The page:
Skeletal muscle development is a complex process and a number of regulatory factors for the different steps involved in stem cell activation and proliferation through to multinucleated, post-mitotic cells have been identified. Skeletal muscle size is dynamic and responsive to extracellular signals such as mechanical load, neural activity, hormones, growth factors, and cytokines. The loss of skeletal muscle tissue or function has a major impact on public health; a variety of conditions result in the loss of muscle, including disease-related loss (cachexia), age-associated loss (sarcopenia), enforced inactivity, such as bed rest, and muscular dystrophies.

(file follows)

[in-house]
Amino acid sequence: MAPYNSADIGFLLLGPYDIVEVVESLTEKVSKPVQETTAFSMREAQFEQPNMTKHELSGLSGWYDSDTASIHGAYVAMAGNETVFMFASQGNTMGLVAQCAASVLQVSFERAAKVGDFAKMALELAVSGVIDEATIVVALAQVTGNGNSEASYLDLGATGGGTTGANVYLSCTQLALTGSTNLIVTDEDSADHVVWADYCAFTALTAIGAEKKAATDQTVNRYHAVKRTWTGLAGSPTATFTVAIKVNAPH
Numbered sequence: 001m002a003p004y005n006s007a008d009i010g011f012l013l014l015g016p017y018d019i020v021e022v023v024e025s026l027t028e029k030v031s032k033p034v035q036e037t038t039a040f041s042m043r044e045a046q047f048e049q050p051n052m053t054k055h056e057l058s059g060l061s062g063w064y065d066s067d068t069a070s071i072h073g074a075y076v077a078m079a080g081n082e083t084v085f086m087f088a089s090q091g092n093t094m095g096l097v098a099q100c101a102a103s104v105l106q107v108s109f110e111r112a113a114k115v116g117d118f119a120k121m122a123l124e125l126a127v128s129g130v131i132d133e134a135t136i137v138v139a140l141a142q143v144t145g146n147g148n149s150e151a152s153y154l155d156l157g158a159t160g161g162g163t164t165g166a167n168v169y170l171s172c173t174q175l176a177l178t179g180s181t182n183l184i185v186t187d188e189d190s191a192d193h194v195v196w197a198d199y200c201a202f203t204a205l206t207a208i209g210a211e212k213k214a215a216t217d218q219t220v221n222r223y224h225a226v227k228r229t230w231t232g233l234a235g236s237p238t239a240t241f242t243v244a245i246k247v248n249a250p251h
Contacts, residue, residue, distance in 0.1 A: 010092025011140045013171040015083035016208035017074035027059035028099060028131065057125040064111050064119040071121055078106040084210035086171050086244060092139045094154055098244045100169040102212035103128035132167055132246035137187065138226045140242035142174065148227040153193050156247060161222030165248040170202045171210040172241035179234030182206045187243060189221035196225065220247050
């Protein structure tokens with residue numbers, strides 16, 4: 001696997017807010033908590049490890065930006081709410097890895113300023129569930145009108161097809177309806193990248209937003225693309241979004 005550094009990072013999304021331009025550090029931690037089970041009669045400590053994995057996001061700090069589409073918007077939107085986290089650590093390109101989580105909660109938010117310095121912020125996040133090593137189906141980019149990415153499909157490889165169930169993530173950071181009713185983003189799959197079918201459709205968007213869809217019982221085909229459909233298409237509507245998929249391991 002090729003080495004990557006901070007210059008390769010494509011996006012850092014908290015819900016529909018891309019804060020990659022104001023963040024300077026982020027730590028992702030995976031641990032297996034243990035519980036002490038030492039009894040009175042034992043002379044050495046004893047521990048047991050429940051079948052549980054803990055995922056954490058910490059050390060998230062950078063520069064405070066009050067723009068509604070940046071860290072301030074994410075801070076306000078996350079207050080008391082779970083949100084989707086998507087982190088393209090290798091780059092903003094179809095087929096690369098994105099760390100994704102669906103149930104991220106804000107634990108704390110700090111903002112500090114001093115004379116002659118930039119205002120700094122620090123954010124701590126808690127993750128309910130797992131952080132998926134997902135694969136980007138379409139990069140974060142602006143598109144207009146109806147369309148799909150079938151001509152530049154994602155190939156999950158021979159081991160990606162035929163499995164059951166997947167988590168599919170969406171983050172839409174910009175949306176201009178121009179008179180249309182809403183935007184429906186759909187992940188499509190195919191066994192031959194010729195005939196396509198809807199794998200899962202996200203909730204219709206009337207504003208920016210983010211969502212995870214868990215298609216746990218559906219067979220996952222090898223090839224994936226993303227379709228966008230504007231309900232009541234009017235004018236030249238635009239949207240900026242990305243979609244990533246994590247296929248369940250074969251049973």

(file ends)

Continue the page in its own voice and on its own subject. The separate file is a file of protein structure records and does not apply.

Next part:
The program will seek to develop novel medicines using strategies based on evaluating either novel pharmaceutical, antisense reagents (exon skipping), viral technologies (adeno-associated virus and lentivirus) or immunotherapies to either re-introduce normal copies of gene that are mutated in human health, alter gene expression profiles to enhance the environmental milieu of muscle or to improve oxidative stress that will positively impact muscle structure or function. The developed medicines will be potential therapeutic strategies for muscular dystrophies, age-related or disease related muscle loss or metabolic disease.